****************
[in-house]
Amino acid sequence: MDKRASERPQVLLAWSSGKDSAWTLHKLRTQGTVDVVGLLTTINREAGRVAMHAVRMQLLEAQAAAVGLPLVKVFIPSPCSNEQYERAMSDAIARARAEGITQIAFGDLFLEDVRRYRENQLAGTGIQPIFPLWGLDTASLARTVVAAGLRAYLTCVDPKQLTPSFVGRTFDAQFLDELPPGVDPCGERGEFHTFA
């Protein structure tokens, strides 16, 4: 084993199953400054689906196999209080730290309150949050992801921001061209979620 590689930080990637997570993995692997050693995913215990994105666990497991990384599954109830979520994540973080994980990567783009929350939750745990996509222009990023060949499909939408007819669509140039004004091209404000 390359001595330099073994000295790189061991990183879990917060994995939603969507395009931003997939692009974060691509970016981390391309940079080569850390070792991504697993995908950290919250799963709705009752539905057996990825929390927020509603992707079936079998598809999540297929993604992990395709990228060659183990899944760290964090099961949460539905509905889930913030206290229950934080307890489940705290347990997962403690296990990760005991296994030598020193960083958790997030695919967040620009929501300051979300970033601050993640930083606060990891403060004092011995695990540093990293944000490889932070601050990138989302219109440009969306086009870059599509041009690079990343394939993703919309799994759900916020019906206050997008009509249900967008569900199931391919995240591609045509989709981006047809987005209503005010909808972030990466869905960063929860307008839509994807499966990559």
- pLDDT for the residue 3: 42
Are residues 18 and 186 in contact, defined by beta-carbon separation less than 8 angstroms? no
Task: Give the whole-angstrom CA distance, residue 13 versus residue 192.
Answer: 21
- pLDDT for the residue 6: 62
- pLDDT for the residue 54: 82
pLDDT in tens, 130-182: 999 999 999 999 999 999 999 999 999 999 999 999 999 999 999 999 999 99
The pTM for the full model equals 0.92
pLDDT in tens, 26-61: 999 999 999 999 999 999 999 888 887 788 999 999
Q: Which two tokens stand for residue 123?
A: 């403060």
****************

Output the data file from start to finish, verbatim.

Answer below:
[in-house]
Amino acid sequence: MDKRASERPQVLLAWSSGKDSAWTLHKLRTQGTVDVVGLLTTINREAGRVAMHAVRMQLLEAQAAAVGLPLVKVFIPSPCSNEQYERAMSDAIARARAEGITQIAFGDLFLEDVRRYRENQLAGTGIQPIFPLWGLDTASLARTVVAAGLRAYLTCVDPKQLTPSFVGRTFDAQFLDELPPGVDPCGERGEFHTFA
């Protein structure tokens, strides 16, 4: 084993199953400054689906196999209080730290309150949050992801921001061209979620 590689930080990637997570993995692997050693995913215990994105666990497991990384599954109830979520994540973080994980990567783009929350939750745990996509222009990023060949499909939408007819669509140039004004091209404000 390359001595330099073994000295790189061991990183879990917060994995939603969507395009931003997939692009974060691509970016981390391309940079080569850390070792991504697993995908950290919250799963709705009752539905057996990825929390927020509603992707079936079998598809999540297929993604992990395709990228060659183990899944760290964090099961949460539905509905889930913030206290229950934080307890489940705290347990997962403690296990990760005991296994030598020193960083958790997030695919967040620009929501300051979300970033601050993640930083606060990891403060004092011995695990540093990293944000490889932070601050990138989302219109440009969306086009870059599509041009690079990343394939993703919309799994759900916020019906206050997008009509249900967008569900199931391919995240591609045509989709981006047809987005209503005010909808972030990466869905960063929860307008839509994807499966990559």
- pLDDT for the residue 3: 42
Are residues 18 and 186 in contact, defined by beta-carbon separation less than 8 angstroms? no
Task: Give the whole-angstrom CA distance, residue 13 versus residue 192.
Answer: 21
- pLDDT for the residue 6: 62
- pLDDT for the residue 54: 82
pLDDT in tens, 130-182: 999 999 999 999 999 999 999 999 999 999 999 999 999 999 999 999 999 99
The pTM for the full model equals 0.92
pLDDT in tens, 26-61: 999 999 999 999 999 999 999 888 887 788 999 999
Q: Which two tokens stand for residue 123?
A: 């403060």